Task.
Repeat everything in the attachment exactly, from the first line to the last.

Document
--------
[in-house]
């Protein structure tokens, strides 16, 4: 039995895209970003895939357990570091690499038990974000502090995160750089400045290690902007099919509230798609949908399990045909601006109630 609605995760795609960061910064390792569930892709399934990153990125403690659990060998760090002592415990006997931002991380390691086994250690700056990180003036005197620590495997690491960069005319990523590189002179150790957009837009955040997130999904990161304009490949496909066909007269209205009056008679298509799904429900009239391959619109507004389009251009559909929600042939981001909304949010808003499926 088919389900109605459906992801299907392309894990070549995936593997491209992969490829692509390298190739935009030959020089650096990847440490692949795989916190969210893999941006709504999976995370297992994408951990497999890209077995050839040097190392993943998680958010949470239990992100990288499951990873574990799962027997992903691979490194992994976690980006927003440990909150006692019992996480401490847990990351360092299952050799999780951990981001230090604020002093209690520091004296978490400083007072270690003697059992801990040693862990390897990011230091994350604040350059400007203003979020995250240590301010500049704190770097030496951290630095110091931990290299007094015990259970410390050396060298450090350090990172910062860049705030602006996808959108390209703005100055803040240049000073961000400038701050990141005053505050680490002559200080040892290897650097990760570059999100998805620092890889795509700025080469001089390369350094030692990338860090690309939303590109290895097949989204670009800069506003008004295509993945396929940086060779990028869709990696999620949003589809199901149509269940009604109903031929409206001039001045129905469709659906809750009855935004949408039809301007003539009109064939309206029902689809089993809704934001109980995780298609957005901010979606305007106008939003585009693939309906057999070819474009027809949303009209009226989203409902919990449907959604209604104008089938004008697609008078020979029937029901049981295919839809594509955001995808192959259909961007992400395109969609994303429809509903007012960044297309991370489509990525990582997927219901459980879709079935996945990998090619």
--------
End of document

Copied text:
[in-house]
């Protein structure tokens, strides 16, 4: 039995895209970003895939357990570091690499038990974000502090995160750089400045290690902007099919509230798609949908399990045909601006109630 609605995760795609960061910064390792569930892709399934990153990125403690659990060998760090002592415990006997931002991380390691086994250690700056990180003036005197620590495997690491960069005319990523590189002179150790957009837009955040997130999904990161304009490949496909066909007269209205009056008679298509799904429900009239391959619109507004389009251009559909929600042939981001909304949010808003499926 088919389900109605459906992801299907392309894990070549995936593997491209992969490829692509390298190739935009030959020089650096990847440490692949795989916190969210893999941006709504999976995370297992994408951990497999890209077995050839040097190392993943998680958010949470239990992100990288499951990873574990799962027997992903691979490194992994976690980006927003440990909150006692019992996480401490847990990351360092299952050799999780951990981001230090604020002093209690520091004296978490400083007072270690003697059992801990040693862990390897990011230091994350604040350059400007203003979020995250240590301010500049704190770097030496951290630095110091931990290299007094015990259970410390050396060298450090350090990172910062860049705030602006996808959108390209703005100055803040240049000073961000400038701050990141005053505050680490002559200080040892290897650097990760570059999100998805620092890889795509700025080469001089390369350094030692990338860090690309939303590109290895097949989204670009800069506003008004295509993945396929940086060779990028869709990696999620949003589809199901149509269940009604109903031929409206001039001045129905469709659906809750009855935004949408039809301007003539009109064939309206029902689809089993809704934001109980995780298609957005901010979606305007106008939003585009693939309906057999070819474009027809949303009209009226989203409902919990449907959604209604104008089938004008697609008078020979029937029901049981295919839809594509955001995808192959259909961007992400395109969609994303429809509903007012960044297309991370489509990525990582997927219901459980879709079935996945990998090619």